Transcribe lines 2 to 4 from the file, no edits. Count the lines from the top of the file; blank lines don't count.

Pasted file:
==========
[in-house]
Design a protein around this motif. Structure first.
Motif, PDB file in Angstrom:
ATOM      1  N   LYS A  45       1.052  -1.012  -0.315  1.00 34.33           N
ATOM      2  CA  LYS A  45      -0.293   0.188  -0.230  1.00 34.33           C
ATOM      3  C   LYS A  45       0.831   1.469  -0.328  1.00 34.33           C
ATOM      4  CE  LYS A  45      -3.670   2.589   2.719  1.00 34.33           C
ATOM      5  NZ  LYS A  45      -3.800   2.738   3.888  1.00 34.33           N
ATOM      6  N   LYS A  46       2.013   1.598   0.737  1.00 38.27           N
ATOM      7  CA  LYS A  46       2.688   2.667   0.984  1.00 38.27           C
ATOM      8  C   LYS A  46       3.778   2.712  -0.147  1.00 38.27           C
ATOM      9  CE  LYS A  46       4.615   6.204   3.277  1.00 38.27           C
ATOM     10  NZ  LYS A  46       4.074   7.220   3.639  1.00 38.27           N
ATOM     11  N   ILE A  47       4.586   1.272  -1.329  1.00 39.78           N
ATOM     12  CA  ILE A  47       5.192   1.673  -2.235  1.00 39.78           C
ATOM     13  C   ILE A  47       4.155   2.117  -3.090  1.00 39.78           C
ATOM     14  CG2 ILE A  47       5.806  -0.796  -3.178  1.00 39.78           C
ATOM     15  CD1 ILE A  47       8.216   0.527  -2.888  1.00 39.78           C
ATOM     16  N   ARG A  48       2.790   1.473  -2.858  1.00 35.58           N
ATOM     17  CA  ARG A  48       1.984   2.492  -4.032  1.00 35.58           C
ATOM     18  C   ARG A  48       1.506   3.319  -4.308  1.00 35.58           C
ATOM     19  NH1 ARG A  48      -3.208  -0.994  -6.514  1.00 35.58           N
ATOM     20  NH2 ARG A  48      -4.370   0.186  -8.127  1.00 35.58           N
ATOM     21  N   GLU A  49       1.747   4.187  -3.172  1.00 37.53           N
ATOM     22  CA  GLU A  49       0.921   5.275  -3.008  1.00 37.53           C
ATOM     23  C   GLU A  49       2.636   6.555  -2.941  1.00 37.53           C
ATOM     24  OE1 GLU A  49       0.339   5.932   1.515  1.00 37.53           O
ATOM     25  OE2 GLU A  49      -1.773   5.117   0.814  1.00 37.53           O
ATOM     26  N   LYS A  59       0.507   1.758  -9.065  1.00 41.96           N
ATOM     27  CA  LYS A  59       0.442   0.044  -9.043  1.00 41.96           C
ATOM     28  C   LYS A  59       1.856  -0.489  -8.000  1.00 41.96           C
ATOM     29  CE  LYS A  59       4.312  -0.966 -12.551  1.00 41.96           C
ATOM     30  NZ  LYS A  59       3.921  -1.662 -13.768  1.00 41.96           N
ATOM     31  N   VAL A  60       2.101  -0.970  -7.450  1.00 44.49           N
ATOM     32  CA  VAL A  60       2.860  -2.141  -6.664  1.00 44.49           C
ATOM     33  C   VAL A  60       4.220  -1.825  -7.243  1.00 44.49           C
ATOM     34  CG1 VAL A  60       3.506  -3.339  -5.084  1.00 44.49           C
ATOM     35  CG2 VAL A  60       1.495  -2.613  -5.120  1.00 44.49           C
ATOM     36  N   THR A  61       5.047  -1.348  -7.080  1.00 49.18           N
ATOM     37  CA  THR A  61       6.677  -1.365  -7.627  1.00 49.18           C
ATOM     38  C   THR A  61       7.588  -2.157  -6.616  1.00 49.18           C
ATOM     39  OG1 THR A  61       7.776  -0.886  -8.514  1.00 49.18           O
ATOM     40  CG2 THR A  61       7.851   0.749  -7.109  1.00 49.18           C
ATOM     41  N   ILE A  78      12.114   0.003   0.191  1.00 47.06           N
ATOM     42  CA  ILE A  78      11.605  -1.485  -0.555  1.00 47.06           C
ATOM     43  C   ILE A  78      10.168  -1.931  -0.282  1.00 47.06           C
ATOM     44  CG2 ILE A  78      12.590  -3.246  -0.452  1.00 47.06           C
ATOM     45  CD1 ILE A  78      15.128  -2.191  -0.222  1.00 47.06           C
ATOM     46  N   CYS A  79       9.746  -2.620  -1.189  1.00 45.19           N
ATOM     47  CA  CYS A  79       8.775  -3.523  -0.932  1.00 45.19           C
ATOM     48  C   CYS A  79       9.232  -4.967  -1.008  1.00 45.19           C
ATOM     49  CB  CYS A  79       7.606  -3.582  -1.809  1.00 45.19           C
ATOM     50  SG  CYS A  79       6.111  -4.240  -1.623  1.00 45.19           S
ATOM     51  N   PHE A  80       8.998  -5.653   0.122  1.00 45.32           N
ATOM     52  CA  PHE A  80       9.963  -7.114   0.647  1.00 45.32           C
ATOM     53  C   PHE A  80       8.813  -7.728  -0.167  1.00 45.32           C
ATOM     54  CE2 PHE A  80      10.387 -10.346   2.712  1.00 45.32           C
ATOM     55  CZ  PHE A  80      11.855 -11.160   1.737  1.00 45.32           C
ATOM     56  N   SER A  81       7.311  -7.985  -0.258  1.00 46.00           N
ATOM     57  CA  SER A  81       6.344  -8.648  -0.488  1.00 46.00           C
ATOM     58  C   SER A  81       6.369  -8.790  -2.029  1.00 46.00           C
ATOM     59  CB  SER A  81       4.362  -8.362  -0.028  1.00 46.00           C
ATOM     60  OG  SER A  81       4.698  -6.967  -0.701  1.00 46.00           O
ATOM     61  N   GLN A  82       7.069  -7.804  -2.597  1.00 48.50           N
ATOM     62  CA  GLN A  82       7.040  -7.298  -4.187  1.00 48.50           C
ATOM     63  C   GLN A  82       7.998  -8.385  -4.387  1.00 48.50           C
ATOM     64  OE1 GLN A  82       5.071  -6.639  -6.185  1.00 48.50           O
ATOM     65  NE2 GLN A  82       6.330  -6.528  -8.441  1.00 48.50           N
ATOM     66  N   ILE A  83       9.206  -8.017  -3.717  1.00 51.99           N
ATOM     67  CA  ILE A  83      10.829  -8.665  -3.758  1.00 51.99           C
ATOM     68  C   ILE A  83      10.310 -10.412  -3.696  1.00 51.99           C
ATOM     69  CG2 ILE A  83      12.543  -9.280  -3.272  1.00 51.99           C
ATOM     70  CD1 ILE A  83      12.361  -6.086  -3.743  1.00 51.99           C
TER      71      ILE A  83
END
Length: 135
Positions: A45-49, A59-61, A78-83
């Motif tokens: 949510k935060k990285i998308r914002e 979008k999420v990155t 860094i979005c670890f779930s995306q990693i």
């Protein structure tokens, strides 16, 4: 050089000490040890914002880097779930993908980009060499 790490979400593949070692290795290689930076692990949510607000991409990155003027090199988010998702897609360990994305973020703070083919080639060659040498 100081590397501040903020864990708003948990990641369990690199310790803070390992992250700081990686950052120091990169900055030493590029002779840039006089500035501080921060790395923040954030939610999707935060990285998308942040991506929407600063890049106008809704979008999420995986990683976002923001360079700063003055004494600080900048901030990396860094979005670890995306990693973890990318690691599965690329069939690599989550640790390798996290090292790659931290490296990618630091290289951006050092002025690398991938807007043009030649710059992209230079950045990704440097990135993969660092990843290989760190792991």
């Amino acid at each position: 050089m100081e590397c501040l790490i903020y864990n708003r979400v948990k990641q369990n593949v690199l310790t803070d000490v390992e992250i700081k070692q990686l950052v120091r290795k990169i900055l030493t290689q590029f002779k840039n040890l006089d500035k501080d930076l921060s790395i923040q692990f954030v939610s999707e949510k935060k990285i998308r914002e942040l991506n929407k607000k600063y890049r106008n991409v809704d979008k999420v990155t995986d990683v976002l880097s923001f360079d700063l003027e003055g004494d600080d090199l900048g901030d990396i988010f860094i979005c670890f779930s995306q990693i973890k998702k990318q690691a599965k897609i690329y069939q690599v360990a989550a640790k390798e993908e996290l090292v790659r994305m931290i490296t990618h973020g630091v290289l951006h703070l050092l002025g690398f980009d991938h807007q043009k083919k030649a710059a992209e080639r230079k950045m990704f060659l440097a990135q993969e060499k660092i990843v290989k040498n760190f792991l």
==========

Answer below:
Design a protein around this motif. Structure first.
Motif, PDB file in Angstrom:
ATOM      1  N   LYS A  45       1.052  -1.012  -0.315  1.00 34.33           N